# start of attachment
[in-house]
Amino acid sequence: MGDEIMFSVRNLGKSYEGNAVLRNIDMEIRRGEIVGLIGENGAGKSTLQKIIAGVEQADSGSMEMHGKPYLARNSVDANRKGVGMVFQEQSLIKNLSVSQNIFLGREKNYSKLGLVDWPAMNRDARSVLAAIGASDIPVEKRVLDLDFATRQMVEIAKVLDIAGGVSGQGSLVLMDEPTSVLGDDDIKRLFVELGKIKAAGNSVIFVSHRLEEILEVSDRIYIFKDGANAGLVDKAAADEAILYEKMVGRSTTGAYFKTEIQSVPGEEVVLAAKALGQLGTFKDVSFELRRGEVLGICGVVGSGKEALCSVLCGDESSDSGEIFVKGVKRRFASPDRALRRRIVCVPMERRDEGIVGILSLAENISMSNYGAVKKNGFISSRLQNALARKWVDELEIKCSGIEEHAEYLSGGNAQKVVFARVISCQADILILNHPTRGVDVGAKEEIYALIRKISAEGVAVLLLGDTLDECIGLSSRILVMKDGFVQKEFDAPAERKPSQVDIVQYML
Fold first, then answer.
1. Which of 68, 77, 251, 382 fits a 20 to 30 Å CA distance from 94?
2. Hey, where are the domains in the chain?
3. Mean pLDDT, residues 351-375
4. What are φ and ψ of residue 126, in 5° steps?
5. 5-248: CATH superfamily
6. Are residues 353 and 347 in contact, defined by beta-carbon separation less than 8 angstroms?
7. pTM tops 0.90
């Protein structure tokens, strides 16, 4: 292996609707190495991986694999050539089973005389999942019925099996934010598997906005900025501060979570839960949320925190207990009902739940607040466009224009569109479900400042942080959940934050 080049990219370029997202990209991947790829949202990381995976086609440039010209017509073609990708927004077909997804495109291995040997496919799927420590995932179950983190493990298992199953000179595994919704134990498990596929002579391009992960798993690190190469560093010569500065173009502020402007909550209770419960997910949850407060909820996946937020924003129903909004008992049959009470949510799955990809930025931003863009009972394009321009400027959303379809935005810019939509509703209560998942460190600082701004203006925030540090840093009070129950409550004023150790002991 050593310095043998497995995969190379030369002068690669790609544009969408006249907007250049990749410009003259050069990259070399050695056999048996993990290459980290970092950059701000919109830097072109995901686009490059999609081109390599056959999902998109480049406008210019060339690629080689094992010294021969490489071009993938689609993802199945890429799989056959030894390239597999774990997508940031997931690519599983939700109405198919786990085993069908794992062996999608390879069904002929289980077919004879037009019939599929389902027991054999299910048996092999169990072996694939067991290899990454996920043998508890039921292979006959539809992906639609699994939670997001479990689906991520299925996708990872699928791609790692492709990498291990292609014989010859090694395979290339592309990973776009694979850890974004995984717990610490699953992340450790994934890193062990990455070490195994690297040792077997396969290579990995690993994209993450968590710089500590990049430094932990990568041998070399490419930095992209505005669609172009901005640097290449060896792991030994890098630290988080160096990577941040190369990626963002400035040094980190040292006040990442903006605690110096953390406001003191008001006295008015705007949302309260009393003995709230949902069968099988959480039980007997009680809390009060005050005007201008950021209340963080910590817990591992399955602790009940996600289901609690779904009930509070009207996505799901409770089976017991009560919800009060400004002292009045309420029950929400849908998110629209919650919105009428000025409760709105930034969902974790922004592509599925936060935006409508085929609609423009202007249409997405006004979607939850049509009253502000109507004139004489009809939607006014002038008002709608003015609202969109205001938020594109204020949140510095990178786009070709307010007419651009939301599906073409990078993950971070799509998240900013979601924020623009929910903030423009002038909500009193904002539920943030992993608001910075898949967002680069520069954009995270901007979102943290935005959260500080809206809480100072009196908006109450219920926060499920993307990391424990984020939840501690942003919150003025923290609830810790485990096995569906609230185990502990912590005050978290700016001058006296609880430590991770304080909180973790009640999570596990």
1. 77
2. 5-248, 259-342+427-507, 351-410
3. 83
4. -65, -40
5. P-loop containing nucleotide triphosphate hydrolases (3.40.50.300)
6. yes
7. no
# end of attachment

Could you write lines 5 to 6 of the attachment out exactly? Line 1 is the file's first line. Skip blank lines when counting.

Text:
2. Hey, where are the domains in the chain?
3. Mean pLDDT, residues 351-375